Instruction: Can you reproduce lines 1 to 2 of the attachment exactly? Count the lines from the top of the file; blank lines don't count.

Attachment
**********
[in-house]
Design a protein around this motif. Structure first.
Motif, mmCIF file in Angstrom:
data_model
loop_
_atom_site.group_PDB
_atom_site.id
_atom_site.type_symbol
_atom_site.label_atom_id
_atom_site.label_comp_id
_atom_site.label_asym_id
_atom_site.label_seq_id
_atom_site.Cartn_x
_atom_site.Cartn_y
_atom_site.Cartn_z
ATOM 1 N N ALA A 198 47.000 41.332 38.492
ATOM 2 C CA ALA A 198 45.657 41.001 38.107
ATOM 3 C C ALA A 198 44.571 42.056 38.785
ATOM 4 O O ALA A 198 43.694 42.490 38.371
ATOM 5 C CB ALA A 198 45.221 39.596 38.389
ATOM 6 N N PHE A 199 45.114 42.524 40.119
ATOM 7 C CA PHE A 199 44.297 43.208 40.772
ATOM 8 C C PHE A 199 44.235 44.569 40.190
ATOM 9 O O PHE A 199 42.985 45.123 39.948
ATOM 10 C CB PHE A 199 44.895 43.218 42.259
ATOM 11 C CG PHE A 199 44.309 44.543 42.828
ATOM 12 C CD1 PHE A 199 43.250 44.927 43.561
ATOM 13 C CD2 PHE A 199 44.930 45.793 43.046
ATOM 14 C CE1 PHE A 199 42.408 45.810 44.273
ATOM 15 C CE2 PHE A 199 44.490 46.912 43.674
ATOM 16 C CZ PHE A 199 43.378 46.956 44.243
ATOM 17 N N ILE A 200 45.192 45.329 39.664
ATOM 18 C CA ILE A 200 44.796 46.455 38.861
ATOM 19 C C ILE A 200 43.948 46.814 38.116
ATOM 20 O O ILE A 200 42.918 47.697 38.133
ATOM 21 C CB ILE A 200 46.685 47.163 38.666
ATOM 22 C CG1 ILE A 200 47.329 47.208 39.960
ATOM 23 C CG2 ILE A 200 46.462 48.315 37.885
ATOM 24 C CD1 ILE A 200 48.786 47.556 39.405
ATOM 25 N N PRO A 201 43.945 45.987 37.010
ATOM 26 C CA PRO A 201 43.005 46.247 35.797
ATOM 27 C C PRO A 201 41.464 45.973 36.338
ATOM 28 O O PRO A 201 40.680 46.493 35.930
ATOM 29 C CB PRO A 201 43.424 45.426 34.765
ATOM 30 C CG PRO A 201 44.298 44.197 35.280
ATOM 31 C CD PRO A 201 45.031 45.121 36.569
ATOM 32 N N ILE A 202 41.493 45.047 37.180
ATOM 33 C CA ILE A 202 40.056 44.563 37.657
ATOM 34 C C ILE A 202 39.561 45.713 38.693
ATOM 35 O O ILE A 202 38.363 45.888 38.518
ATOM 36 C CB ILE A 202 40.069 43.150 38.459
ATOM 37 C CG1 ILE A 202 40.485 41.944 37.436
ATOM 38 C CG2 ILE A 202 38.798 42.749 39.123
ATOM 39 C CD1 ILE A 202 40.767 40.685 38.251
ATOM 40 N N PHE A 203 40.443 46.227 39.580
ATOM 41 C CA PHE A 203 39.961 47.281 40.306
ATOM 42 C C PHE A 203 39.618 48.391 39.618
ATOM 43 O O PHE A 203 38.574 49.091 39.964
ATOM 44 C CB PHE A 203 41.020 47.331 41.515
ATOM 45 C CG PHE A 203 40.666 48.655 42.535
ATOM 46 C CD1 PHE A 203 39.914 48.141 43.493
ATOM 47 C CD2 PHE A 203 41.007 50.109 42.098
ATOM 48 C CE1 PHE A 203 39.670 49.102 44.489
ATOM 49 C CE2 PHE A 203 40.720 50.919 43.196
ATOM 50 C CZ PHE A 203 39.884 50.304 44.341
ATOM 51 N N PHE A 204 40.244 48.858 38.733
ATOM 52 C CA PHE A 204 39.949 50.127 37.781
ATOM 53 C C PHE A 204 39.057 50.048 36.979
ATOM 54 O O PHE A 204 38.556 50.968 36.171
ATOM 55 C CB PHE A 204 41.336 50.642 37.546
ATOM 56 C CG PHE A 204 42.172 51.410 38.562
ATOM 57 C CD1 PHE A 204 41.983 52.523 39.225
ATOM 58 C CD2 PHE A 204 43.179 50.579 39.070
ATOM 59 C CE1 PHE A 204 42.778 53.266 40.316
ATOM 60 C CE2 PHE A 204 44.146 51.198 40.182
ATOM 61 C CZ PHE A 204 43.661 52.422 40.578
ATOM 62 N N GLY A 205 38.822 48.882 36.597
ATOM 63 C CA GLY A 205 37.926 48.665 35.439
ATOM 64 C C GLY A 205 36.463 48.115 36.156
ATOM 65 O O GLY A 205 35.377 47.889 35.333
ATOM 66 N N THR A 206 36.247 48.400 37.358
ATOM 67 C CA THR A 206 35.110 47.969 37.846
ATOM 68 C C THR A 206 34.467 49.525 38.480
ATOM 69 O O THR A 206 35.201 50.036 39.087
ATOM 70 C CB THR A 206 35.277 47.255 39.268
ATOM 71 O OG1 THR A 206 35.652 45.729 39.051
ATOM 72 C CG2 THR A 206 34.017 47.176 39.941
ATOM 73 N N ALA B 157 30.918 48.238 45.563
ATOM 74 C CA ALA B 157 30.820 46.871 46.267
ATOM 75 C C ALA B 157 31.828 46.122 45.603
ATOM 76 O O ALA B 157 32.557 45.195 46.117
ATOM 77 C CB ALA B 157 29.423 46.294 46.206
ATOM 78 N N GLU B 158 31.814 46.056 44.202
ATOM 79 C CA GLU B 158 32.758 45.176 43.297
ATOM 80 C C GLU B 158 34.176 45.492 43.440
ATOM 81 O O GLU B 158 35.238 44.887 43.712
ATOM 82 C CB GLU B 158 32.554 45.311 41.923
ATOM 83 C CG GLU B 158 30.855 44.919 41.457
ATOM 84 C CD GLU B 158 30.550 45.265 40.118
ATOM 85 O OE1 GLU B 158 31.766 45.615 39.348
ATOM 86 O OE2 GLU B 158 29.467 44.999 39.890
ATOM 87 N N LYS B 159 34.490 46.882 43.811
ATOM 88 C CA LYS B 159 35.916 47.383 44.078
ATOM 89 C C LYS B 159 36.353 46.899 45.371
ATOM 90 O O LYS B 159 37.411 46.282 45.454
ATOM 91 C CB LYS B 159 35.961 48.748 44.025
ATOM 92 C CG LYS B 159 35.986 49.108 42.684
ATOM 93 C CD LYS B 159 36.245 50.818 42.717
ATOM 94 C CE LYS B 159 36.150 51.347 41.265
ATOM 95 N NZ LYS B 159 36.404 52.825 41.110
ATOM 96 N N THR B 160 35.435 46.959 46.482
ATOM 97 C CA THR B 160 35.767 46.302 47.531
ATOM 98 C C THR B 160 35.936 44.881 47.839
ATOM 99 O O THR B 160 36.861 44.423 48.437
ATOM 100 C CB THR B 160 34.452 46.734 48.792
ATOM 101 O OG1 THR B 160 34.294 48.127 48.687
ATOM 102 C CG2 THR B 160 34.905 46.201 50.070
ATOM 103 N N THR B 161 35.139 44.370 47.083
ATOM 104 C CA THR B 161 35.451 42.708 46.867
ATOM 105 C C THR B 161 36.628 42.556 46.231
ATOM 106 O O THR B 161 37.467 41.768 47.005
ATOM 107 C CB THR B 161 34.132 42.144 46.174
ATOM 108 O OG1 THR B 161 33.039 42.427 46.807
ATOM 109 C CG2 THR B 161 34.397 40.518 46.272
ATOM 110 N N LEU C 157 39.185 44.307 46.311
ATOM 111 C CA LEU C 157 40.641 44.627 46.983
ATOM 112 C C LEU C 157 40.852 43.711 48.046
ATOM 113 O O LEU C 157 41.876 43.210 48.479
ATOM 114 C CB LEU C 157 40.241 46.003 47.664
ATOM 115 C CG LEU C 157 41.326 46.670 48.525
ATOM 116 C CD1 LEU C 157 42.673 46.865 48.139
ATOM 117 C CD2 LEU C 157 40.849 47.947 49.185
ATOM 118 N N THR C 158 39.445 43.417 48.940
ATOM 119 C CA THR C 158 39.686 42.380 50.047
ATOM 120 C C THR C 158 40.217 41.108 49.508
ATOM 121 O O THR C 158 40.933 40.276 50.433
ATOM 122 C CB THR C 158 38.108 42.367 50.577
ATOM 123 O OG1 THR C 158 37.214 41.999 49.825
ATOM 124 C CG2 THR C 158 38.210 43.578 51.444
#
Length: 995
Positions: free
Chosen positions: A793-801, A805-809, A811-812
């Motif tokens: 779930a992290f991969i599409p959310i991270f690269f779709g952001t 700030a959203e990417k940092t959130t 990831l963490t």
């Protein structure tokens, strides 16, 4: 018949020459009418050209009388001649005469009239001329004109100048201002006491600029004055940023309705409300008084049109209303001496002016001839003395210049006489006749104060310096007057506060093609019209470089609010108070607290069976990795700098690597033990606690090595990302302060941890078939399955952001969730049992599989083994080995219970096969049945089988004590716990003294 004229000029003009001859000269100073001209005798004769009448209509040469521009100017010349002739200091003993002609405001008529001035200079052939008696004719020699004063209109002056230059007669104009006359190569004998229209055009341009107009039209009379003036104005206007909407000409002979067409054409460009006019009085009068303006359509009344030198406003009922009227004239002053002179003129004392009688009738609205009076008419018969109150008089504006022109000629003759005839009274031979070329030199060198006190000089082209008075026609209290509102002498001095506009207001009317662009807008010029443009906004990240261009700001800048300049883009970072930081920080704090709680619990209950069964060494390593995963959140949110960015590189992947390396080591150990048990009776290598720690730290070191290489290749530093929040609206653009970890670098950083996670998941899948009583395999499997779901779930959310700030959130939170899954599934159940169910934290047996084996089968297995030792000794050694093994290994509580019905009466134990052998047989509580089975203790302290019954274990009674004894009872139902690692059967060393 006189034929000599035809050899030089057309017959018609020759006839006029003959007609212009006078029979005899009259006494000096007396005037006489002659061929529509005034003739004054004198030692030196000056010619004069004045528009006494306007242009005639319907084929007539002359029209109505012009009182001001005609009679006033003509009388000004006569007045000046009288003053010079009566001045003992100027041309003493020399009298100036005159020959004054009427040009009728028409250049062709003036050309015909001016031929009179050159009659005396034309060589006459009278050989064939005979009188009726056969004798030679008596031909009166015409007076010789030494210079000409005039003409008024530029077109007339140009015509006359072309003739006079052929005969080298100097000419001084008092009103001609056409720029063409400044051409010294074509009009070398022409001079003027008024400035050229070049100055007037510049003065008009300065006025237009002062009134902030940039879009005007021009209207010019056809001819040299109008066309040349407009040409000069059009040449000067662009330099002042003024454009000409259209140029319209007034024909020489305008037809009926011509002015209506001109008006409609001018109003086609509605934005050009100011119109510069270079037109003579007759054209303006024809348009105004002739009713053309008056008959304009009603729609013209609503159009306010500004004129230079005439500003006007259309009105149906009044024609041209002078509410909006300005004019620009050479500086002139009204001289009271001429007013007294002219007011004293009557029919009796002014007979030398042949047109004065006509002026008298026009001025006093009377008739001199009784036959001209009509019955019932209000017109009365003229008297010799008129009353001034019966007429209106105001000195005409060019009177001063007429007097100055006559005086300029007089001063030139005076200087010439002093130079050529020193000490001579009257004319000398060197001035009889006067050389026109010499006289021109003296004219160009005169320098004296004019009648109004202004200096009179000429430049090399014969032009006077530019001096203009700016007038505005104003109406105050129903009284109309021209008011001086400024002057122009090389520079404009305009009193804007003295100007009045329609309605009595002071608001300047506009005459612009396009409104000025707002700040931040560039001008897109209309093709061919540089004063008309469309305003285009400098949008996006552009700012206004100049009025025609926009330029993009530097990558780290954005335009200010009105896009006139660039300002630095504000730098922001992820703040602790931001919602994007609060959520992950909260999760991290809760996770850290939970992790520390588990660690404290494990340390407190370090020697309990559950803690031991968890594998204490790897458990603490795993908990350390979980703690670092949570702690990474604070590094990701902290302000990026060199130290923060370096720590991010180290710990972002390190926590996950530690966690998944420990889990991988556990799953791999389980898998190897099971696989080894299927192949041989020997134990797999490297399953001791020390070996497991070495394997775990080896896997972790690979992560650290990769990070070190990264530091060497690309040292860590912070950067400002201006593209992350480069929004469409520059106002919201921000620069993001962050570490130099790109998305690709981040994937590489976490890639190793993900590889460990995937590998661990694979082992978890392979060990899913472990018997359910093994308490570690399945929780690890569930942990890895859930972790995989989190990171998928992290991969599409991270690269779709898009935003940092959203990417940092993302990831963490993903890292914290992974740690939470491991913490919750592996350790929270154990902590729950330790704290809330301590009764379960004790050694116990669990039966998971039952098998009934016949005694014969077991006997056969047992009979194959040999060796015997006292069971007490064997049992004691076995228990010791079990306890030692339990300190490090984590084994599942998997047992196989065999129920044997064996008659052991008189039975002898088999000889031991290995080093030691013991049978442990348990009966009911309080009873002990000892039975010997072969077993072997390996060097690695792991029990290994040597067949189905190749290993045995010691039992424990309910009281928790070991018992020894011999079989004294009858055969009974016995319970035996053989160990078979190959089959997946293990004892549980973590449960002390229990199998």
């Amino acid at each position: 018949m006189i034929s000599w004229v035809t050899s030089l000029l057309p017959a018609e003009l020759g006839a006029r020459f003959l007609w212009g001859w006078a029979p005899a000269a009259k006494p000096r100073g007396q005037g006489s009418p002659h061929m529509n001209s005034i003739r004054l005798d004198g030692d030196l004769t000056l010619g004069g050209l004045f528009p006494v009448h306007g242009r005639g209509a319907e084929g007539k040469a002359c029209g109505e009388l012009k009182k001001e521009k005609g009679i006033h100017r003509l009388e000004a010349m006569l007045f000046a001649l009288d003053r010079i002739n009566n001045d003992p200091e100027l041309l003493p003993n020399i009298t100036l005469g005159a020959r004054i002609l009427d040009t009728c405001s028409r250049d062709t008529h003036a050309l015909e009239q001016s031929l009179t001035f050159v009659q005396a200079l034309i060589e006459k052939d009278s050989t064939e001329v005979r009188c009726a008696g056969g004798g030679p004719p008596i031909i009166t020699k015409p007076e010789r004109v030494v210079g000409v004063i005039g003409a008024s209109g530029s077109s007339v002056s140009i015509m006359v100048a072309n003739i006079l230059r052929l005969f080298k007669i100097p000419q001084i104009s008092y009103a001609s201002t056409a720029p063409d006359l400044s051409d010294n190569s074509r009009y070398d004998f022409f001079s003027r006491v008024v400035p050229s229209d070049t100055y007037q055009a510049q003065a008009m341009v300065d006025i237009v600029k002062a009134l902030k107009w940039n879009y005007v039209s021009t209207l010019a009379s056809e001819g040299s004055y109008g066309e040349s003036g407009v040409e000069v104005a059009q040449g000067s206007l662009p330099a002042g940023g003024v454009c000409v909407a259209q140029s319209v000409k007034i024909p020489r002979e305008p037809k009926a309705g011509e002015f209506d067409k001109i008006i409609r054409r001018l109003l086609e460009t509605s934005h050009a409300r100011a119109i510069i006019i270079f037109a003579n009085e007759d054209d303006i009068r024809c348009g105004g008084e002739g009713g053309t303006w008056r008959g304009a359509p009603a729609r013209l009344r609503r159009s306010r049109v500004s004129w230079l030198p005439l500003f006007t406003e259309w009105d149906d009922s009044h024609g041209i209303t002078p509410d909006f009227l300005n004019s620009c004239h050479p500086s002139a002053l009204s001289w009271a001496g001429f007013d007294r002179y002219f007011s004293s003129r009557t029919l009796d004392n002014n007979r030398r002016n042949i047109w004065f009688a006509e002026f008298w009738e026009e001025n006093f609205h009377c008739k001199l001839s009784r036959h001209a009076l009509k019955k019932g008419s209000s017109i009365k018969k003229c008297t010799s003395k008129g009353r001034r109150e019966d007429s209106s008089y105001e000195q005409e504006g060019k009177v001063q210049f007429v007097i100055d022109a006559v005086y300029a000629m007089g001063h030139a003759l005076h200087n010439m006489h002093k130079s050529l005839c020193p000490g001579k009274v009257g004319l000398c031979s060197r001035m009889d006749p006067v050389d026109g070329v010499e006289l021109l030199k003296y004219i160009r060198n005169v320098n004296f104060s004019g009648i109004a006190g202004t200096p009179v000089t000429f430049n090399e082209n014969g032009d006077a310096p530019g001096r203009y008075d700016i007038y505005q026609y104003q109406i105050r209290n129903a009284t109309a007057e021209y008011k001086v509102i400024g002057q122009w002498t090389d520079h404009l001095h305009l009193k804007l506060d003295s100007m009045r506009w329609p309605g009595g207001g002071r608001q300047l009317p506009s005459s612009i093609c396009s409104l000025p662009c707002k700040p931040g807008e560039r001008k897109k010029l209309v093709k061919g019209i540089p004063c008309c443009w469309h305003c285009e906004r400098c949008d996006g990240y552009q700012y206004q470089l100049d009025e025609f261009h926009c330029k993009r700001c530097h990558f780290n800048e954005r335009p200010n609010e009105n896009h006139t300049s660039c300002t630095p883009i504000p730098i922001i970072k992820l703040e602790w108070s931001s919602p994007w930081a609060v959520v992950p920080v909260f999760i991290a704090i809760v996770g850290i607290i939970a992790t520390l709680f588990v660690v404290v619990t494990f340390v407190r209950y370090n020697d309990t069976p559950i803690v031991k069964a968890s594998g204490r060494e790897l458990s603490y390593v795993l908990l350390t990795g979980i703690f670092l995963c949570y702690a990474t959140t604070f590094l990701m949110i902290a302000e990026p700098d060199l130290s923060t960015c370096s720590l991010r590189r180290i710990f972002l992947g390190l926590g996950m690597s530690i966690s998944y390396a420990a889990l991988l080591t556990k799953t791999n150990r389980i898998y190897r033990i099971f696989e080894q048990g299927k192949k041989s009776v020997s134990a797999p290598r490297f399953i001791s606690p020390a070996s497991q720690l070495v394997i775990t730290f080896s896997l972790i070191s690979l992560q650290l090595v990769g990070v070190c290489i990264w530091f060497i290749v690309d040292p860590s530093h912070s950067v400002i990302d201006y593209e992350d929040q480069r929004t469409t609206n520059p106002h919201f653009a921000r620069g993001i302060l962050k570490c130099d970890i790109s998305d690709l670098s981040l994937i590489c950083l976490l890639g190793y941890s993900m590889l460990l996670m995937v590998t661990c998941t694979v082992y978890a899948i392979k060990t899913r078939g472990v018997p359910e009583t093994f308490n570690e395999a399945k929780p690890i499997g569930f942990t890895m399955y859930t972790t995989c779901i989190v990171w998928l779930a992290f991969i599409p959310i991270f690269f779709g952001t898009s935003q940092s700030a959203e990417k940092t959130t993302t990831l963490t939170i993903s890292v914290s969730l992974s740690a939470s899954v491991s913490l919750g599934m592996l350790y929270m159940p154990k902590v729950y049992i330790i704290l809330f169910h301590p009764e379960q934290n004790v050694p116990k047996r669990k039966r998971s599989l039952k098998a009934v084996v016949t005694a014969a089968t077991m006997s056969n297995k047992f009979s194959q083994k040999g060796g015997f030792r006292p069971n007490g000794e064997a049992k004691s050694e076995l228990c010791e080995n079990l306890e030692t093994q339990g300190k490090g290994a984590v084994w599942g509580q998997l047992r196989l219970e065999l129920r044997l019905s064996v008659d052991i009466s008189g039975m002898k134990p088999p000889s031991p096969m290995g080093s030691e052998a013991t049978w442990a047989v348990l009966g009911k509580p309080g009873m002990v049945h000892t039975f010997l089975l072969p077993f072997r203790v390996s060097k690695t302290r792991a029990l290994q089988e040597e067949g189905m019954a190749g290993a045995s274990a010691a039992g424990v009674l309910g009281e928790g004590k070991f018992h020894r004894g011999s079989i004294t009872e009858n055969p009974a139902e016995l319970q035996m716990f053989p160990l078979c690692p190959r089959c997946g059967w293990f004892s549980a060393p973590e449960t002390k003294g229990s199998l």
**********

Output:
[in-house]
Design a protein around this motif. Structure first.